For Utah vets, Pearl Harbor memories still vivid
Twenty-one times the bell tolled, once for each Utah serviceman who gave his life defending his country during the surprise Japanese bombing of Pearl Harbor 67 years ago.
It was a quiet Sunday morning on Dec. 7, 1941, when Japanese planes suddenly appeared in the sky over the U.S. Navy's Hawaiian base, bombing and torpedoing most of America's Pacific fleet in an attack that would draw the country into World War II.
For the Utahns who survived the attack, memories of that day are still vivid -- the carnage on Battleship Row where the USS Arizona burned, the bravery of their comrades who fought back and others who rose up in quiet valor against the assault.
Utahn Bob Pierce, of Providence, nursing a broken ankle from a baseball game, was outside the base hospital and on his way to church when he saw the first Japanese plane overhead.
"At first, I thought it was a mock attack," Pierce said, addressing a small crowd that had gathered Sunday for the annual memorial service held by the Utah chapter of the Pearl Harbor Survivors Association. "It quickly became apparent, though, that wasn't the case."
One memory stands out for him. It is the image of the hospital's nurses who were housed in a Quonset hut near the hospital. As the sound of exploding bombs thundered all around, the nurses began spilling out of the hut's doors.
"They were all in a tizzy and didn't know what to do," Pierce said, adding that just a few minutes later the first flat-bed truck showed up with wounded. " The moment they saw the bodies, everything changed. They didn't hesitate a moment. They knew what needed to be done."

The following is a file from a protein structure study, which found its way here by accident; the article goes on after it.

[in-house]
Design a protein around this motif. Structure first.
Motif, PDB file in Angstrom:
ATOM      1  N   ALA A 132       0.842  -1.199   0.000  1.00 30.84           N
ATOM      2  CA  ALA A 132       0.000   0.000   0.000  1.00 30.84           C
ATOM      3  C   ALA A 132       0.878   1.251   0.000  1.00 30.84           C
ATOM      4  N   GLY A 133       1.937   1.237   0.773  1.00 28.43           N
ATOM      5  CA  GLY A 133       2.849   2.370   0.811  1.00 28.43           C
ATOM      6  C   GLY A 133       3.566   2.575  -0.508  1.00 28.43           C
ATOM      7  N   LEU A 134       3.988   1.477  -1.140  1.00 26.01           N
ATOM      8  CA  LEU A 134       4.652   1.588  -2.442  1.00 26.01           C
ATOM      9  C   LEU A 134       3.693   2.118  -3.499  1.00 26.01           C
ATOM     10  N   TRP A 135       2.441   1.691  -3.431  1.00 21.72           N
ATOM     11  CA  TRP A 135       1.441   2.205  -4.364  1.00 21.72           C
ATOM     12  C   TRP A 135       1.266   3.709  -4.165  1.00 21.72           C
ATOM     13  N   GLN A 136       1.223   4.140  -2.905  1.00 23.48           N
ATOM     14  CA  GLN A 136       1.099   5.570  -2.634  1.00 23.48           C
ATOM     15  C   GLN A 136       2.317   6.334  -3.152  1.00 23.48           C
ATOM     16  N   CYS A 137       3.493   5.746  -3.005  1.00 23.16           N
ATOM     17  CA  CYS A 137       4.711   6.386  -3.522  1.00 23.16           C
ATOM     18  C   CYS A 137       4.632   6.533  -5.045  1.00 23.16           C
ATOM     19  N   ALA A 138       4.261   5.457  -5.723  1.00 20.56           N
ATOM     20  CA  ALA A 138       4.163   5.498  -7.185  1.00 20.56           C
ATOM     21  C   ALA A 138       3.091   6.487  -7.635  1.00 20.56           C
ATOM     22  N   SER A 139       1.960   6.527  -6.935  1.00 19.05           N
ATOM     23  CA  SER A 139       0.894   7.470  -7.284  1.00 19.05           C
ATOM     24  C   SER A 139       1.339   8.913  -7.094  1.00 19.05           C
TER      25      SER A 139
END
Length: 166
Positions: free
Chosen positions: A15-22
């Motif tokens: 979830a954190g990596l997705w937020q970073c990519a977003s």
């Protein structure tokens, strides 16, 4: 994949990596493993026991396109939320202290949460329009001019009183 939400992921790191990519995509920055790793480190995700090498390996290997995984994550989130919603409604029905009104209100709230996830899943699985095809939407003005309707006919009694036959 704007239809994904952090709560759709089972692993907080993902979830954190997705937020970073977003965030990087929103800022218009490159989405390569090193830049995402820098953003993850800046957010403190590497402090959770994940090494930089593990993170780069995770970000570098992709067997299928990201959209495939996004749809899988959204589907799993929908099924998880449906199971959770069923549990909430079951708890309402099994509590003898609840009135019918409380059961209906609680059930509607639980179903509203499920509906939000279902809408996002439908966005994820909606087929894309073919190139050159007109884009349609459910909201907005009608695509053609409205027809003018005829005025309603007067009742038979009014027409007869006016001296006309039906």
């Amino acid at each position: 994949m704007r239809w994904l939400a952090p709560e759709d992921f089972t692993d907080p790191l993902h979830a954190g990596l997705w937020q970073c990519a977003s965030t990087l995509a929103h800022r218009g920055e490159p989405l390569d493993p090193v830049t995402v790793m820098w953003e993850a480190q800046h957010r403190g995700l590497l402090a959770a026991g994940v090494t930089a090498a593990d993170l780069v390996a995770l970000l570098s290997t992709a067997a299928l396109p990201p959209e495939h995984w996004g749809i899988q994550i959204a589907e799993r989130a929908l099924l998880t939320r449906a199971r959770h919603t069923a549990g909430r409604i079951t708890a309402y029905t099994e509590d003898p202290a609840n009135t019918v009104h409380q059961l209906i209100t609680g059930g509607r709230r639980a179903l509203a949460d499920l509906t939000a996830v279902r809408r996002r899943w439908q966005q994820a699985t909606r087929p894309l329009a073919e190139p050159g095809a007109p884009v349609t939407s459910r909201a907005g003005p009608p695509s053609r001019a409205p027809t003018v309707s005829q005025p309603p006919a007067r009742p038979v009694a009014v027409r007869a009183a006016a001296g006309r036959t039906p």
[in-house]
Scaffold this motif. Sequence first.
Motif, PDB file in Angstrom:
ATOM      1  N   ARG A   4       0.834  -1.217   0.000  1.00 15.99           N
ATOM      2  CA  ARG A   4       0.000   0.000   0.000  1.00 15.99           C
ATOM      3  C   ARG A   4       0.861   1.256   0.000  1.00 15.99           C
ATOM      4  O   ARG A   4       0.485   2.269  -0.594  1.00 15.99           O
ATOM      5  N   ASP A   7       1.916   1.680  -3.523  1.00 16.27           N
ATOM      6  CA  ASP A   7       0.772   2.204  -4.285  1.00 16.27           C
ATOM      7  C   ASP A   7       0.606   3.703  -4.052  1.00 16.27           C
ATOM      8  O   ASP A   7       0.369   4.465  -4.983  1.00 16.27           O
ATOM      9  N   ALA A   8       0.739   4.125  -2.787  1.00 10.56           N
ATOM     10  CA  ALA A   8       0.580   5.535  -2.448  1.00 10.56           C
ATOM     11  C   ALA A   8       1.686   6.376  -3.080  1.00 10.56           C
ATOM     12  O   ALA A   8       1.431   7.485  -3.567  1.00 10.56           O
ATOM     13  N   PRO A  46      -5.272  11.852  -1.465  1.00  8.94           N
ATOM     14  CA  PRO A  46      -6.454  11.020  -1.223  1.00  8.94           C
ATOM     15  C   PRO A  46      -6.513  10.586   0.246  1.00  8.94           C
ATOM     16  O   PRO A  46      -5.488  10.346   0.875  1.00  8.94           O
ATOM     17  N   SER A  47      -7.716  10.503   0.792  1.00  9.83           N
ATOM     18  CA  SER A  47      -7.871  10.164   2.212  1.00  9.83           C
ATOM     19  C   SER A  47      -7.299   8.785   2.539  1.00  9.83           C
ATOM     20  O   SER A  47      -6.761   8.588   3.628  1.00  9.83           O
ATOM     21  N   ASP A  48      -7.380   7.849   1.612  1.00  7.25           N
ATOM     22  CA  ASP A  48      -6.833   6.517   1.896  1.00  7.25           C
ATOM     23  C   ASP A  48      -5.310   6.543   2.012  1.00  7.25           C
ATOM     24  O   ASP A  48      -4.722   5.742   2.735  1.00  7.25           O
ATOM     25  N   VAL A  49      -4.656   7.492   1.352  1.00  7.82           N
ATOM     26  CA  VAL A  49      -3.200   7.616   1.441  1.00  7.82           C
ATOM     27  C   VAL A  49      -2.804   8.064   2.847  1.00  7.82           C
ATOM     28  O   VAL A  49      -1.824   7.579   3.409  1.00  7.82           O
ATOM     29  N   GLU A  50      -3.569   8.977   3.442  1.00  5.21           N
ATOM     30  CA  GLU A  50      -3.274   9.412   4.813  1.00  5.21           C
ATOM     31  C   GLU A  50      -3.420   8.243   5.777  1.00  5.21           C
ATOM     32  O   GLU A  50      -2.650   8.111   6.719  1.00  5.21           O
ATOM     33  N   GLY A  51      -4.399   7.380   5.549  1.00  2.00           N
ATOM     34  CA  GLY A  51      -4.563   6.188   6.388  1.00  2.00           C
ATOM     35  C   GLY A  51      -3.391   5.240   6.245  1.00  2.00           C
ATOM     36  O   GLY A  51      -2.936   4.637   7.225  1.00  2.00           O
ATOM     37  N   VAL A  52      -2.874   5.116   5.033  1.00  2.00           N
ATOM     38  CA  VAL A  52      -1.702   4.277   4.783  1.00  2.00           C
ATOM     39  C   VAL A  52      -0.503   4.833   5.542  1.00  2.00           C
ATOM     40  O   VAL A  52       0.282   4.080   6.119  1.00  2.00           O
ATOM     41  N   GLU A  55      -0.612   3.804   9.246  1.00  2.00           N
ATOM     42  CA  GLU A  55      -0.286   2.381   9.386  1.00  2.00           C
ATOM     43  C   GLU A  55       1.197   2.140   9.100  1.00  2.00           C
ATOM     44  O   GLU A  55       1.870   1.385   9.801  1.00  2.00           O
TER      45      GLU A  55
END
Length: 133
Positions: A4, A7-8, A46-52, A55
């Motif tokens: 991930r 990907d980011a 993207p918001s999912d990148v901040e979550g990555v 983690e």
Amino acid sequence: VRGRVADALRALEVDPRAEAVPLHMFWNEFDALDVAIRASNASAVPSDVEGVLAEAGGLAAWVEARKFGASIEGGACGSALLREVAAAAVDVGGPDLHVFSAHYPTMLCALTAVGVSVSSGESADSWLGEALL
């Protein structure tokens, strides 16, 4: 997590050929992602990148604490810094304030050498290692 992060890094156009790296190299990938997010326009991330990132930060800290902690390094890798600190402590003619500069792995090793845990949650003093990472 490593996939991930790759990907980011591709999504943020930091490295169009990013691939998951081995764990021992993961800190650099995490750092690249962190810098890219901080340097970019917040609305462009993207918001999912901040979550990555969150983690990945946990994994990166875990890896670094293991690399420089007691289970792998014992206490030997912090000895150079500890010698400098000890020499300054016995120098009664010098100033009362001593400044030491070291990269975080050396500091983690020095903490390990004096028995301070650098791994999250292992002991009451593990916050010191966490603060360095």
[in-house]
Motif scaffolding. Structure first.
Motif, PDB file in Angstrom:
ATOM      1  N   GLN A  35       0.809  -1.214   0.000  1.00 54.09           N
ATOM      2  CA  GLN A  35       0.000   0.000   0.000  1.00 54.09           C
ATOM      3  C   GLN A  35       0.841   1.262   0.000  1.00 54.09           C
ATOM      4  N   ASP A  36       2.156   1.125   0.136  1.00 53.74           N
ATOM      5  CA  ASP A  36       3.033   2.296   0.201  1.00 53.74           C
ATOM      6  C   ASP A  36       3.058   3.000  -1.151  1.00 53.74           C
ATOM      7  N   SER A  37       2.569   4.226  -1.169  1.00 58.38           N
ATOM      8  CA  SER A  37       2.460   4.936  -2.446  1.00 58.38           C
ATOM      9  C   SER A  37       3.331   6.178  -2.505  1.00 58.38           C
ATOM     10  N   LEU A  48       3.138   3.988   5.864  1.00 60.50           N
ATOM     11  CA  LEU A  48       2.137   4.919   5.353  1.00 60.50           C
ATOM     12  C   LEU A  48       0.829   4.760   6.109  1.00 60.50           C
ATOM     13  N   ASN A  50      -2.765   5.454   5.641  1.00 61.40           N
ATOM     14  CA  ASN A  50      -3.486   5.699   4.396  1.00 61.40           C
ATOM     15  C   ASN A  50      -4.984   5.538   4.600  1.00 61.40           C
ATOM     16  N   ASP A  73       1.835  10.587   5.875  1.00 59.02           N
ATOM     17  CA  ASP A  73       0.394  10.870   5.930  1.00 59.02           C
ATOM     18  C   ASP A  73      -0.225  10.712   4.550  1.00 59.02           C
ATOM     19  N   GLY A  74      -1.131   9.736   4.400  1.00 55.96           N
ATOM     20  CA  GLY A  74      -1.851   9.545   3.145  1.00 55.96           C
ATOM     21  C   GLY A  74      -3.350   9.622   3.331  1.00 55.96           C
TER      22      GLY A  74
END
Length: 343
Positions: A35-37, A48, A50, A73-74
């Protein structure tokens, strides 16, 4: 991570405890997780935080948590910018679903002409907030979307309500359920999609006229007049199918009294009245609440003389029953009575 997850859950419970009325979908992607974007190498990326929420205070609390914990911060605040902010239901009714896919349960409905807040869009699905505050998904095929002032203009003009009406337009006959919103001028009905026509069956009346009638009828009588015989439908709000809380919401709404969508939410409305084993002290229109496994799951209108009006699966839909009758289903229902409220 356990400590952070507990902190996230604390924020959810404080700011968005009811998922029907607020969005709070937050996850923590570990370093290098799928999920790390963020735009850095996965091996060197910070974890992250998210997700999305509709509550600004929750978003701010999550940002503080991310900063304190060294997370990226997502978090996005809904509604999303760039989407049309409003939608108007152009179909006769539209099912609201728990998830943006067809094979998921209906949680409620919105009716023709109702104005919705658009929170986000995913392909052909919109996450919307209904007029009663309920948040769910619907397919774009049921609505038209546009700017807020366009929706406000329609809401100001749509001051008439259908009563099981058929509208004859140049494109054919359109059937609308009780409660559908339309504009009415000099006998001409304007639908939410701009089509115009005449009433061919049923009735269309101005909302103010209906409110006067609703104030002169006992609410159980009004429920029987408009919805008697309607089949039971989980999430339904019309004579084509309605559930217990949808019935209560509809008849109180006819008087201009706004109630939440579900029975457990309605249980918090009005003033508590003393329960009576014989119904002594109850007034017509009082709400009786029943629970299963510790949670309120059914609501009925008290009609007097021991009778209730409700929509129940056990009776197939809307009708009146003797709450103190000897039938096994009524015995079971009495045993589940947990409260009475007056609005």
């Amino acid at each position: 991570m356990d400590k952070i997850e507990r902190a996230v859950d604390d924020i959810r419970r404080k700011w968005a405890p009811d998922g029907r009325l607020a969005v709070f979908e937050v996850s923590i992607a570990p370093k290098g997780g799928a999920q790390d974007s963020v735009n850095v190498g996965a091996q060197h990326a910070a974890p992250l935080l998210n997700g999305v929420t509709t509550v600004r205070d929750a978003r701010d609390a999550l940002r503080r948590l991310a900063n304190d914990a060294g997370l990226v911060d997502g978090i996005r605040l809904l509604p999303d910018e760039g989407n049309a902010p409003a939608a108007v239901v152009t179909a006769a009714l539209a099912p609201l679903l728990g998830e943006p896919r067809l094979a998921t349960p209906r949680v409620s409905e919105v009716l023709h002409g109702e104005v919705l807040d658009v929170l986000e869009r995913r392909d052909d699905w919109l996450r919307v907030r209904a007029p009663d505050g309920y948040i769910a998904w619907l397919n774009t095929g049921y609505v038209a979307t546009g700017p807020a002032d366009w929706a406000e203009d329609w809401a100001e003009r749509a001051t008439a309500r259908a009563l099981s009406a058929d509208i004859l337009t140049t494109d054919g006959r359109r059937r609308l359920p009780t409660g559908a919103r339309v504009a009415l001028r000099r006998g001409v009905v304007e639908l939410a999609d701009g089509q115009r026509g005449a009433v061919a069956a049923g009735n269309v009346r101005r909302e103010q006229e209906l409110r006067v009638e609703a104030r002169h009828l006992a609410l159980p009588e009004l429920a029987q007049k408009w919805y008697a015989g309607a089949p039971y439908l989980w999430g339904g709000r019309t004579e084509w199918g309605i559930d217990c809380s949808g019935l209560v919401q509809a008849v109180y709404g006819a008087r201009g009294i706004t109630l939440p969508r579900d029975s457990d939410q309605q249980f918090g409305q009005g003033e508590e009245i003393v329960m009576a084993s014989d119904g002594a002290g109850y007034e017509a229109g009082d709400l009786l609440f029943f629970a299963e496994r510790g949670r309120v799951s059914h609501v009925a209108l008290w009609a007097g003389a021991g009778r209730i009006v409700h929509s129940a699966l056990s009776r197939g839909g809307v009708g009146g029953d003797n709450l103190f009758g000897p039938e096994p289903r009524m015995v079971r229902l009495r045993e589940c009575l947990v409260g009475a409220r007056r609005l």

Lawrence Smethurst, of Roy, had just left the USS San Francisco to catch a bus to church when the attack began. The heavy cruiser was undergoing repairs, was partially dismantled and as a result didn't have any ammunition aboard for its big guns.
Returning to the ship, Smethurst ran into the ship's black mess sergeant. "He told me, 'You get down there and get one of those rifles.' " Along with many others aboard the San Francisco, Smethurst fought the Japanese at Pearl Harbor with a 30.06.
Aboard the light cruiser USS Helena, Earl Underwood, of Salem, made it to a 50-caliber machine gun and began firing at the attackers overhead. Two of his best friends were with him at his post, and both were killed when a Japanese plane strafed the ship.
Serving aboard the USS Hulbert, Marion Kesler, of Salt Lake City, was standing on the quarter deck when the bombs began to fall. He immediately ran down to the galley where the crew was eating breakfast with the news that Pearl Harbor was under attack. "They didn't believe me at first," he said. "It took them a little while to be convinced."
The Hulbert was one of the first ships in the fleet to open fire on the Japanese. "We're credited with bringing down the first plane," Kesler said, indicating he spent the battle hauling ammunition up to the ship's 50-caliber machine guns.
USS Arizona survivor Ken Potts, Provo, said he has a difficult time talking about Pearl Harbor and the friends he lost. The 1,177 men who went down with that battleship when an armor-piercing bomb ignited a million pounds of gunpowder below decks represented nearly half the American casualties that day.
For Ralph Wadley, a Salt Lake resident who was serving in the U.S. Army on Pearl Harbor's Ford Island, each December 7th is a time to remind others of the Pearl Harbor Survivor's Association motto, "Remember Pearl Harbor -- Keep America Alert!" It also is a time to remember those who gave their lives for their country and those who served and have now passed on.
"We lost two more of our members this past year," said Wadley, who was the master of ceremonies at the memorial service. Ralph Schweppe, who served on the USS Tennessee, passed away April 25, 2008. He was 91. Reverend John Hornok, of the USS St. Louis, died Aug. 3. He was 86.
And the bell tolled for them as well.
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